Global Chip Boom Could Impact Technology Supply Chains

The US, like the rest of the world, is seeking to combat ongoing chip shortages as global demand for AI continues to rise
With the US and Europe striving to advance chipmaking efforts, a Bloomberg Intelligence report suggests they could steam ahead of Taiwan in the next decade

Both US and European efforts in advanced chip capacity are growing and could lift market shares as high as 45% by 2032.

A recent report by Bloomberg Intelligence finds that both regions could be positioned close to Taiwan, the country that is currently the world’s supplier of leading-edge nodes. The report notes that these expansion efforts could lift their combined market share from 19% in less than 10 years.

The report also finds that global technology supply chains are primed for ‘geographical diversification’, with priorities shifting from profitability and efficiency towards supply chain independence. However, for semiconductor sectors, this could pose more challenges than opportunities.

Widening global footprints could lead to ESG challenges

The US, like the rest of the world, is seeking to combat ongoing chip shortages as global demand for AI continues to rise. In fact, the country invested more than US$5bn in semiconductor-related research, development and workforce to cut down on the time and cost of commercialising new technologies amid the shortage.

As technology supply chain shifts widen the global footprint of the industry, new ESG challenges could be introduced and prevent companies from achieving Net Zero progress.

The report identifies how diversifying supply chains could contribute to greater ESG concerns over the next decade. With more electronics manufacturers moving to India and Southeast Asia, Bloomberg Intelligence argues that renewable energy may become less accessible and hinder the energy transition as a result.

Leading foundries such as TSMC are helping to drive advances in chipmaking technology, as increased costs for nodes has contributed further to outsourcing. However, this could lead to ever-increasing costs as they expand further into the US and Europe.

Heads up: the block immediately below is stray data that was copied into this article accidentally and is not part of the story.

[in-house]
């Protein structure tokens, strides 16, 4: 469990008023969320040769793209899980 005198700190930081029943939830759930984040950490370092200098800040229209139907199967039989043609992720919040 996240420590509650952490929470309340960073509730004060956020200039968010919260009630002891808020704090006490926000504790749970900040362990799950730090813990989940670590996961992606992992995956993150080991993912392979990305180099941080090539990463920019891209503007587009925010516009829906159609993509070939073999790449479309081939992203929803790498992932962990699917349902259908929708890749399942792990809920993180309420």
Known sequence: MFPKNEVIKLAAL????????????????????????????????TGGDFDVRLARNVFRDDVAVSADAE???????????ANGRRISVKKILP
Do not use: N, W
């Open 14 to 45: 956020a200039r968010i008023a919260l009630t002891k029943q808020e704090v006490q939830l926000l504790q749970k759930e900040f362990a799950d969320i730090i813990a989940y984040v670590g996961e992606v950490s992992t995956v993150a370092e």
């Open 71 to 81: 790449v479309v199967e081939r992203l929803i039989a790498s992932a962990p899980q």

The People’s Republic of China also continues to advance chip efforts

Significantly, China also seeks to pivot towards mature nodes could result in the country becoming the world’s largest chip manufacturer by 2032. 

This move is in response to the recent US restrictions on cutting-edge Chinese chips and nodes, which - according to Bloomberg Intelligence - could allow the country to command more than 34% of the world’s mature node capacity by 2032.

“We’re poised to witness a significant geographical shakeup in the advanced chip market as more and more countries work to decouple their tech supply chains from China,” says Steven Tseng, Senior Technology Analyst at Bloomberg Intelligence, and the lead author of the report.

“Even amidst this shift, China is still positioned for potential global leadership as the country could command 34% or more of the world’s mature node capacity, which has applications in electric vehicles and industrial automation.”

It was also reported this week (February 2024) by Reuters that US President Biden will continue to crack down on US data flows into China and Russia. The new executive order has been proposed to protect American personal data by restricting its transfer to countries that include China and Russia, says the US government.

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